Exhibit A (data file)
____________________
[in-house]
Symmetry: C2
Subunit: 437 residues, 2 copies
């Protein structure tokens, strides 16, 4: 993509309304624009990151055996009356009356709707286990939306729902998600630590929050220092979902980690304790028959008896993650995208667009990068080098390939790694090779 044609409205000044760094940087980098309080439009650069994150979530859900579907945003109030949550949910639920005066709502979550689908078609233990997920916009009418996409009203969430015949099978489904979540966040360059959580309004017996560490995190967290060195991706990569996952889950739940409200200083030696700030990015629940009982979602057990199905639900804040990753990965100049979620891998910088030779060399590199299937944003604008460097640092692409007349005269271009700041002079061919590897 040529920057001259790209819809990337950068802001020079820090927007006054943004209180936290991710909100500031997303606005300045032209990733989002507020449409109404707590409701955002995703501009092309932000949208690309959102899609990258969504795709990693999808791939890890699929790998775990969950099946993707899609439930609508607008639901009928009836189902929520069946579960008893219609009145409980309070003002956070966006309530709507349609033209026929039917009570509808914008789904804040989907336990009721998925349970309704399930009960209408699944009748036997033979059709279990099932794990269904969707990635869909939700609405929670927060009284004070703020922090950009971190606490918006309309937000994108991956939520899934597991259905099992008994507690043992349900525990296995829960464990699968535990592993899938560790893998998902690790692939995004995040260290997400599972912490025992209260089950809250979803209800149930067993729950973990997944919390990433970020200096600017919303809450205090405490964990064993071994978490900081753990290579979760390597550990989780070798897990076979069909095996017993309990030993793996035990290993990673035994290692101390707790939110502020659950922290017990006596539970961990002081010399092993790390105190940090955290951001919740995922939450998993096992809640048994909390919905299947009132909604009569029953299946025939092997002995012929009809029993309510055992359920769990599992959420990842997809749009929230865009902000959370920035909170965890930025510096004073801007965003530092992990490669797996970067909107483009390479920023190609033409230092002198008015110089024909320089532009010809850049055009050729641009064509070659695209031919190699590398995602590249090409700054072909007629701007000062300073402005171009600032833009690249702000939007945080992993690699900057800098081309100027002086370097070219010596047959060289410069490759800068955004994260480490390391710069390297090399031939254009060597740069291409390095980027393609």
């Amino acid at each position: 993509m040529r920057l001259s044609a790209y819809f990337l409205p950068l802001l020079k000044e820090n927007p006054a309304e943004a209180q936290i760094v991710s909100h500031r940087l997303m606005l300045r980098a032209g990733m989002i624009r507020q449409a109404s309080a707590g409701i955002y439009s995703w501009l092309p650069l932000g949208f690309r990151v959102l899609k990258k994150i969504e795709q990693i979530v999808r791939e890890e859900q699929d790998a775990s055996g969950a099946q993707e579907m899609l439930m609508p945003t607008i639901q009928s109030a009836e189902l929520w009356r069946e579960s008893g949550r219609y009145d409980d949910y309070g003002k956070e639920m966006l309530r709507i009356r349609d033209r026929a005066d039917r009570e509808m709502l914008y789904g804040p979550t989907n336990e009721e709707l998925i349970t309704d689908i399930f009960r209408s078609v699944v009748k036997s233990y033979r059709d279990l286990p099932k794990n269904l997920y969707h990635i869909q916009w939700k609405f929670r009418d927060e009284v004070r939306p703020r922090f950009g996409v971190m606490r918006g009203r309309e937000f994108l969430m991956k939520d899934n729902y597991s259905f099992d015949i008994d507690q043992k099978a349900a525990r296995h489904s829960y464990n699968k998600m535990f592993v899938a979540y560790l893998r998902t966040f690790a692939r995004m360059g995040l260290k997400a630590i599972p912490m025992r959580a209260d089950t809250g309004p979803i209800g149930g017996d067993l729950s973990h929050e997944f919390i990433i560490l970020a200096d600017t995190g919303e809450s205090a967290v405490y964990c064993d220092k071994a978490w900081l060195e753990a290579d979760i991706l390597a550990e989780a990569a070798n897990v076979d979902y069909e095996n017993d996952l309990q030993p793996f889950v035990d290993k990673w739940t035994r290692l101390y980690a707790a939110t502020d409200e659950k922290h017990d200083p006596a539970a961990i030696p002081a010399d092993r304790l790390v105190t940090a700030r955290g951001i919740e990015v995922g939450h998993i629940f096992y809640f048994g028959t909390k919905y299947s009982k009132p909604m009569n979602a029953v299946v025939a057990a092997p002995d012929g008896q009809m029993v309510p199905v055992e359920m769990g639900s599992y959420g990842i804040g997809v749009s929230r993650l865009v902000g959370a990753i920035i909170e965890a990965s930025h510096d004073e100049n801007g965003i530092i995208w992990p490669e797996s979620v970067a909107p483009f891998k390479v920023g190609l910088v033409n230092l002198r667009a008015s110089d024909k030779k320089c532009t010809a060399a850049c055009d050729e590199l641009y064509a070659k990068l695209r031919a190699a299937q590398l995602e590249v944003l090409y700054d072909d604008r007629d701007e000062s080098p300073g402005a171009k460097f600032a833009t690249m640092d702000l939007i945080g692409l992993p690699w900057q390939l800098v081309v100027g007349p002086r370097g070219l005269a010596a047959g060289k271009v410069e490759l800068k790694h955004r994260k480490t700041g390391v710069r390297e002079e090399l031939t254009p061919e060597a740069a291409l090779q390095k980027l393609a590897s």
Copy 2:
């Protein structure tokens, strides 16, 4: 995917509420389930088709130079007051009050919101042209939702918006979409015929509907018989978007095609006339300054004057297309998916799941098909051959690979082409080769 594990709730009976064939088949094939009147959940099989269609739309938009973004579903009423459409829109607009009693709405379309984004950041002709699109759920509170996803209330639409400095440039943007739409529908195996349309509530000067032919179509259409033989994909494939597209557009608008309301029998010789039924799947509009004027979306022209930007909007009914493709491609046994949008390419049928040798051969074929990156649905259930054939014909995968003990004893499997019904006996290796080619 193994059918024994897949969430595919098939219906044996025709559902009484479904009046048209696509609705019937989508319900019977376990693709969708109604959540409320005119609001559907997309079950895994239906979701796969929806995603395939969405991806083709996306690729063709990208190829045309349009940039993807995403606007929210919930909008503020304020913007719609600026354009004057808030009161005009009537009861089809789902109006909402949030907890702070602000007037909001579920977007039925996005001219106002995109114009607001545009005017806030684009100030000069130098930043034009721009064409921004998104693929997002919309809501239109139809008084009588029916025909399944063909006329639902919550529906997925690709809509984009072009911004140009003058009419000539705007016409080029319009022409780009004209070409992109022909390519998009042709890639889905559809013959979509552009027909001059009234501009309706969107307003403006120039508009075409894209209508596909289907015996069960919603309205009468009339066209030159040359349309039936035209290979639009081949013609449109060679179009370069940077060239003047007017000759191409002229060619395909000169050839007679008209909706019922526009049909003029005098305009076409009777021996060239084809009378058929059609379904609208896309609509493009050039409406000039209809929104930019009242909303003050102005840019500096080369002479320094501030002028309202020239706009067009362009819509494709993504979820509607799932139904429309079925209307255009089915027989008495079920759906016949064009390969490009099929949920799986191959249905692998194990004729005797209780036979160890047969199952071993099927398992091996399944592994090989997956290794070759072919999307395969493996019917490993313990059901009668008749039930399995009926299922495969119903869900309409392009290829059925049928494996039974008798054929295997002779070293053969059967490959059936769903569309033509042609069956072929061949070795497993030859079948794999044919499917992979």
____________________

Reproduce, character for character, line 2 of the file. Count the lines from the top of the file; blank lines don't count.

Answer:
Symmetry: C2